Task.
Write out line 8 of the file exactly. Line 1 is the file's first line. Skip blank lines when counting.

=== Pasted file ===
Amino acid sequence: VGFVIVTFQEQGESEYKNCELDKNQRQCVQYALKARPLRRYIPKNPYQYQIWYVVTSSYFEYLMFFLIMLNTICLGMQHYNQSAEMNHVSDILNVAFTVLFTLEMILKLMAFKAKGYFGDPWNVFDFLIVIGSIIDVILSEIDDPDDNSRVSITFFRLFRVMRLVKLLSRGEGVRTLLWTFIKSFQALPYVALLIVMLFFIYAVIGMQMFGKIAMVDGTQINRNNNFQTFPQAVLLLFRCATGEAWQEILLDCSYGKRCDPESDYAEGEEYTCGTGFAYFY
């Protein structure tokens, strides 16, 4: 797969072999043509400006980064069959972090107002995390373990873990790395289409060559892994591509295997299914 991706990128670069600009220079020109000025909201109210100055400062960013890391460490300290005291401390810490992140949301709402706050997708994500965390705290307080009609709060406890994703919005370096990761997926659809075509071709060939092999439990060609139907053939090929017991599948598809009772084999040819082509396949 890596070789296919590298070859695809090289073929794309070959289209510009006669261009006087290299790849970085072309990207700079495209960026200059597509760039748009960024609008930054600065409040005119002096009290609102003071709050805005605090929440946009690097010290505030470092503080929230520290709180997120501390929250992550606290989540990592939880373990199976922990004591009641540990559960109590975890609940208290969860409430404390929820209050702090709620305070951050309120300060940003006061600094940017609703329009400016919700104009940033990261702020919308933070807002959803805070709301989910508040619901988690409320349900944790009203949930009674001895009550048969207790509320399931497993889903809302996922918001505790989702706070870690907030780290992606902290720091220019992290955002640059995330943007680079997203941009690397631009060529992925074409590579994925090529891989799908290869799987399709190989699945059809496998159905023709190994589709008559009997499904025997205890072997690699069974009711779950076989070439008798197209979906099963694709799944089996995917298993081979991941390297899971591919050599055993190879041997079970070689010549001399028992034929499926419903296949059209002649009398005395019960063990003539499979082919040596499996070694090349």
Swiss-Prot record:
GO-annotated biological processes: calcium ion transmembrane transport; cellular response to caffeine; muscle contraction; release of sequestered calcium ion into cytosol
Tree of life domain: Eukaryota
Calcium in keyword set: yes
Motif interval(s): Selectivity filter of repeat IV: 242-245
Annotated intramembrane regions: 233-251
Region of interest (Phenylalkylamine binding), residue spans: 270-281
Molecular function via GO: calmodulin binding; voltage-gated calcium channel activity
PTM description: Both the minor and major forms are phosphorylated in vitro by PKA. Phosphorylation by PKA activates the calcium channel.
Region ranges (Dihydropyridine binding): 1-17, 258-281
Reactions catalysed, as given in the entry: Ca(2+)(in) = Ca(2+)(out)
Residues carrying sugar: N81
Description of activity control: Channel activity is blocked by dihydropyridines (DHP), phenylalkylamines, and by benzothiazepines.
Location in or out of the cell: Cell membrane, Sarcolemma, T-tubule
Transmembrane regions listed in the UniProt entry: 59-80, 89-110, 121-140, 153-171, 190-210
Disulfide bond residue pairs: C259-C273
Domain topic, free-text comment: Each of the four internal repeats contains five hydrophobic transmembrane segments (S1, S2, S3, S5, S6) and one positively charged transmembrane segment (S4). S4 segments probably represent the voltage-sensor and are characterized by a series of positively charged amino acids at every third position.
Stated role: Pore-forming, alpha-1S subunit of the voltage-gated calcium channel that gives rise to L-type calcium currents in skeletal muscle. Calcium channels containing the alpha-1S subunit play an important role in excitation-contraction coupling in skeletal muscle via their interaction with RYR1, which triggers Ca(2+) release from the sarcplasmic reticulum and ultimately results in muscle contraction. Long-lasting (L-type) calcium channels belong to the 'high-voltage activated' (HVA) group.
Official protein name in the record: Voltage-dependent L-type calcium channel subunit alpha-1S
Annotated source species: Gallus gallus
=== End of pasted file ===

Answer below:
Annotated intramembrane regions: 233-251